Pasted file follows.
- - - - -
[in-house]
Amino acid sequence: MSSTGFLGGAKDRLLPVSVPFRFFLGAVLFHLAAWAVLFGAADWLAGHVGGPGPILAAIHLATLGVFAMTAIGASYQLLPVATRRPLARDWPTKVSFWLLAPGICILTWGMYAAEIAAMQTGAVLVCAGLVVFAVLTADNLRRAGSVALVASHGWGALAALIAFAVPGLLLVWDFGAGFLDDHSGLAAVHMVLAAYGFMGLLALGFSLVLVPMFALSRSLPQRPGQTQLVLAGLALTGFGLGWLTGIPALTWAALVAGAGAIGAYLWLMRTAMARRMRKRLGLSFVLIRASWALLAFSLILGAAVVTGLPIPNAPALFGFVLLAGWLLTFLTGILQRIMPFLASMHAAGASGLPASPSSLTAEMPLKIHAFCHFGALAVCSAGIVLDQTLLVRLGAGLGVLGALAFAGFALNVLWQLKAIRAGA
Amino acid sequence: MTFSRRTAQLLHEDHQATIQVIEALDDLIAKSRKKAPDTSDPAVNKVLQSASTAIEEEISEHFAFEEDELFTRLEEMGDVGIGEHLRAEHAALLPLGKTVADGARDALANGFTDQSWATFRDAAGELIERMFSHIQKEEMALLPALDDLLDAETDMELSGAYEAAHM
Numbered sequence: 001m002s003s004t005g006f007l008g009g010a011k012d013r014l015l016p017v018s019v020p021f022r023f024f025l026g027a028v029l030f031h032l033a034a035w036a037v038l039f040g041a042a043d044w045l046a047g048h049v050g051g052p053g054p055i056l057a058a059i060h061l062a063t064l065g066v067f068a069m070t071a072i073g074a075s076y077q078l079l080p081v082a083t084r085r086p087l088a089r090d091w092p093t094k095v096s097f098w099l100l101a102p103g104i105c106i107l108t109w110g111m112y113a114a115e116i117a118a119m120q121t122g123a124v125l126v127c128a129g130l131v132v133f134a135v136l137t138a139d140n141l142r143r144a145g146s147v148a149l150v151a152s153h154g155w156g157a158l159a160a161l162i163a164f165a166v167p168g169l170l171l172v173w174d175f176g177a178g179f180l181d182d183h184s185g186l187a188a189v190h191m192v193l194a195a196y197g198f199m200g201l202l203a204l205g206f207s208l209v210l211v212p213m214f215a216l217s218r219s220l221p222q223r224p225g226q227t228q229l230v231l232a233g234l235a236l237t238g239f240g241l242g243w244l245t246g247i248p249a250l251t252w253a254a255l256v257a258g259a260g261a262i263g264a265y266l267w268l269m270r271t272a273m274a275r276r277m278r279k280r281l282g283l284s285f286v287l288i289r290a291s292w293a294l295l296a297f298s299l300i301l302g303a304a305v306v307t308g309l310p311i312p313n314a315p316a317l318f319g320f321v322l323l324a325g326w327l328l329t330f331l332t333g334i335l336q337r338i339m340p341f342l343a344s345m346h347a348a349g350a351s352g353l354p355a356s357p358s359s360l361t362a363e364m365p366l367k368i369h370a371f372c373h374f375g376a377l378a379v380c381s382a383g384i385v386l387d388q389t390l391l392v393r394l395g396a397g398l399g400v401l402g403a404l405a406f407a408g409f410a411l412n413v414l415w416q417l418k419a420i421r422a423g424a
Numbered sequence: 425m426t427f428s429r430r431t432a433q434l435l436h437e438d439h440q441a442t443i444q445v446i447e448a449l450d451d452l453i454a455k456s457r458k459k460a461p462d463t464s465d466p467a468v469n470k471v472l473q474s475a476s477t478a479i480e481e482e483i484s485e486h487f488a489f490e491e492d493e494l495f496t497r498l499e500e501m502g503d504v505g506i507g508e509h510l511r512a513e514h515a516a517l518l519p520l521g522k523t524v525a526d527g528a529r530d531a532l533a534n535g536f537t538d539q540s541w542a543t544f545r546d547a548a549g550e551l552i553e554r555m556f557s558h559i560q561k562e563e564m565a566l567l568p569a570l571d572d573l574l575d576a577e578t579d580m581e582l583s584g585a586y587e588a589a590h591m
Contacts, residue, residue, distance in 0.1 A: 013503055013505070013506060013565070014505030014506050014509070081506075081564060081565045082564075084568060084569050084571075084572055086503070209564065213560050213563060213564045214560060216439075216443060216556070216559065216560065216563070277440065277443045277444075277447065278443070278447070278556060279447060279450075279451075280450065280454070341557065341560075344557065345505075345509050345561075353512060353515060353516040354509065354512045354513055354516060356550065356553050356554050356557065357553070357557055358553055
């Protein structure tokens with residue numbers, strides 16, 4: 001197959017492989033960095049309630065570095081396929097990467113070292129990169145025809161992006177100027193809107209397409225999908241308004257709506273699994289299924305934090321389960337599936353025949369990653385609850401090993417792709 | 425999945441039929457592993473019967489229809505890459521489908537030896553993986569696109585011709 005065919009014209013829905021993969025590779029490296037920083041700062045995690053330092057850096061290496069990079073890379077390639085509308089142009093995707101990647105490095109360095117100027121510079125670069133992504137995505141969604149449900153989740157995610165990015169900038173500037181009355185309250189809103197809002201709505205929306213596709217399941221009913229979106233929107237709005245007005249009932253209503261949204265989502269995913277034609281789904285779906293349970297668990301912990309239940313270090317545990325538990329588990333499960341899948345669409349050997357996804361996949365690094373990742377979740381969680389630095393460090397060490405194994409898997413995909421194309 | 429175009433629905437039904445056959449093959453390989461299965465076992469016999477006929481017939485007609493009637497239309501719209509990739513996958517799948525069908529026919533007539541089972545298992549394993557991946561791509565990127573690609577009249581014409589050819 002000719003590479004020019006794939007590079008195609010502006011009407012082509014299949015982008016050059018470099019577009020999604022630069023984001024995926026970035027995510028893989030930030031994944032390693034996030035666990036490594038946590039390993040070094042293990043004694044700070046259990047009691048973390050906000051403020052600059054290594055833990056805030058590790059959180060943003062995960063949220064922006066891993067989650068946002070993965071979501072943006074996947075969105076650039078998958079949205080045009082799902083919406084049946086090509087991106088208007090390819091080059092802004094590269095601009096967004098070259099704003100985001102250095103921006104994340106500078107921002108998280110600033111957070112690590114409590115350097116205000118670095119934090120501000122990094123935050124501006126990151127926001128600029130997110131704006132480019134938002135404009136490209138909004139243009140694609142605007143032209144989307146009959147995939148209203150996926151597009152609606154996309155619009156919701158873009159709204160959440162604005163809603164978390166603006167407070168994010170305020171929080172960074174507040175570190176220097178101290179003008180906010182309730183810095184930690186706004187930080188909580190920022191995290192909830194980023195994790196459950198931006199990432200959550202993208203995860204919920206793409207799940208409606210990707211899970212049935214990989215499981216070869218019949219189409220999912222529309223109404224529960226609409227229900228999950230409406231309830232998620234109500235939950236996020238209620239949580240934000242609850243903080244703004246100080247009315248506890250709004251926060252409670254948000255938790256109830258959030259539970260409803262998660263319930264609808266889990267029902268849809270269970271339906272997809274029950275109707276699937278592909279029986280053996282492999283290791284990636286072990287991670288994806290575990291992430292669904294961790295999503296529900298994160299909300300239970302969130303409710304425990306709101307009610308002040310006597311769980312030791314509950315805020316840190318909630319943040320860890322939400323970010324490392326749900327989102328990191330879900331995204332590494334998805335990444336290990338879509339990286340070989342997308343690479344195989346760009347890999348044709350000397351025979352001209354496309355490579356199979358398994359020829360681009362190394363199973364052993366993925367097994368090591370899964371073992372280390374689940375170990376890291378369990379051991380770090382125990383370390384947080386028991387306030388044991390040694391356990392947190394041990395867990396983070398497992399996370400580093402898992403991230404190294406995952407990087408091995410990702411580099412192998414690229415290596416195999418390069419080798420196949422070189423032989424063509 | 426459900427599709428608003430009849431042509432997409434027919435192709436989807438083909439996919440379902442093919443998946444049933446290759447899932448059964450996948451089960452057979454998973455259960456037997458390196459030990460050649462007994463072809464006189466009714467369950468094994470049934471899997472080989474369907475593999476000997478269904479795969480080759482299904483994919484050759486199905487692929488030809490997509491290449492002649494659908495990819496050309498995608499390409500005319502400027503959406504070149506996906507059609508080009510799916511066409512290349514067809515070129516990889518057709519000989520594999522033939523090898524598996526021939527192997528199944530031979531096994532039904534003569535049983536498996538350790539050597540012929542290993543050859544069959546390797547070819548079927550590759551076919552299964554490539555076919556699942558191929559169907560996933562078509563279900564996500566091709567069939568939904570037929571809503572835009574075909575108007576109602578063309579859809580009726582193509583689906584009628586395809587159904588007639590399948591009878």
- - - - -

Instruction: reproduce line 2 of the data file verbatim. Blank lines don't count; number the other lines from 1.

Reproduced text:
Amino acid sequence: MSSTGFLGGAKDRLLPVSVPFRFFLGAVLFHLAAWAVLFGAADWLAGHVGGPGPILAAIHLATLGVFAMTAIGASYQLLPVATRRPLARDWPTKVSFWLLAPGICILTWGMYAAEIAAMQTGAVLVCAGLVVFAVLTADNLRRAGSVALVASHGWGALAALIAFAVPGLLLVWDFGAGFLDDHSGLAAVHMVLAAYGFMGLLALGFSLVLVPMFALSRSLPQRPGQTQLVLAGLALTGFGLGWLTGIPALTWAALVAGAGAIGAYLWLMRTAMARRMRKRLGLSFVLIRASWALLAFSLILGAAVVTGLPIPNAPALFGFVLLAGWLLTFLTGILQRIMPFLASMHAAGASGLPASPSSLTAEMPLKIHAFCHFGALAVCSAGIVLDQTLLVRLGAGLGVLGALAFAGFALNVLWQLKAIRAGA